The Great Galveston Disaster, Containing a Full and Thrilling Account of the Most Appalling Calamity of Modern Times Page: 122
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122 HARROWING DETAILS OF THE DISASTER.
Sheriffs and special officers shall be permitted to carry arms and
pass in and out of the guard lines. The Deputy Sheriffs and
special and regular police now police the city during the day time
and the militia take charge of the city at fight.
At a meeting of the General Committee last night, a committee
of representative citizens of Galveston was appointed to go
to Austin at once to confer with Governor Sayres in regard to the
The need of sprinkling the streets with a strong bi-chloride
solution and taking other sanitary precautions was discussed, and
after adjournment of the General Committee the Committee on
Correspondence sent the following telegram:
" Galveston, Texas, Sept. 13.-To the Associated Press: Our
most urgent present needs now are disinfectants-linie, cement,
gasoline stoves, gasoline, charcoal furnaces and charcoal. Nearby
towns also may send bread. For the remainder of our wants
money will be most available, because we can make purchases
from time to time with more discretion than miscellaneous contributors
would exercise. We are bringing order out of chaos,
and again offer our profound gratitude for the assistance so far
A CAMP AT HOUSTON.
At a conference held at the office of City Health Officer Wilkinson,
it was decided to accept the offer of the United States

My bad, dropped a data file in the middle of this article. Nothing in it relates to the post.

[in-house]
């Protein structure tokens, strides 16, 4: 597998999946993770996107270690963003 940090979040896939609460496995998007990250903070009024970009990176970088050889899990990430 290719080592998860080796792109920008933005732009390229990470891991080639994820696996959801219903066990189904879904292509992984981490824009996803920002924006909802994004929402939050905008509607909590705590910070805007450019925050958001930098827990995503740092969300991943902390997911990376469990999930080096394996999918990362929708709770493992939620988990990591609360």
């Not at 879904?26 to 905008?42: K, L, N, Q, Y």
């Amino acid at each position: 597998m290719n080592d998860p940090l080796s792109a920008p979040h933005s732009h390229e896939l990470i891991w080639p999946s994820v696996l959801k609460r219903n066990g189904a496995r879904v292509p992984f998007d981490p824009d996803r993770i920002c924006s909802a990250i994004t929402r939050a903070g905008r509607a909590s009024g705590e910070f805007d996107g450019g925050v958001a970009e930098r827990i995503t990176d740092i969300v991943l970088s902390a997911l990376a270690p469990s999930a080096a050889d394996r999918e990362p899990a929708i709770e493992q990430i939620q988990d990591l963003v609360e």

Marine Hospital Service, and establish a camp at Houston, where
the destitute and sick can be sent and be properly cared for. The
physicians agreed that there were many indigent sick in the city
who could be removed from Galveston, and Houston was selected,
because that city had very thoughtfully suggested the idea and
tendered a site for the camp.
Acting upon the suggestion to establish a camp and care for
the sick and needy, a message was sent to the Surgeon-General,
at the head of the Marine Hospital Corps, asking for Iooo tents
of four berth capacity each, also several hundred barrels of disinfecting
Congressman R. B. Hawley, who was in Washington at the
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Lester, Paul. The Great Galveston Disaster, Containing a Full and Thrilling Account of the Most Appalling Calamity of Modern Times, book, 1900~; (texashistory.unt.edu/ark:/67531/metapth26719/m1/149/: accessed September 22, 2017), University of North Texas Libraries, The Portal to Texas History, texashistory.unt.edu; .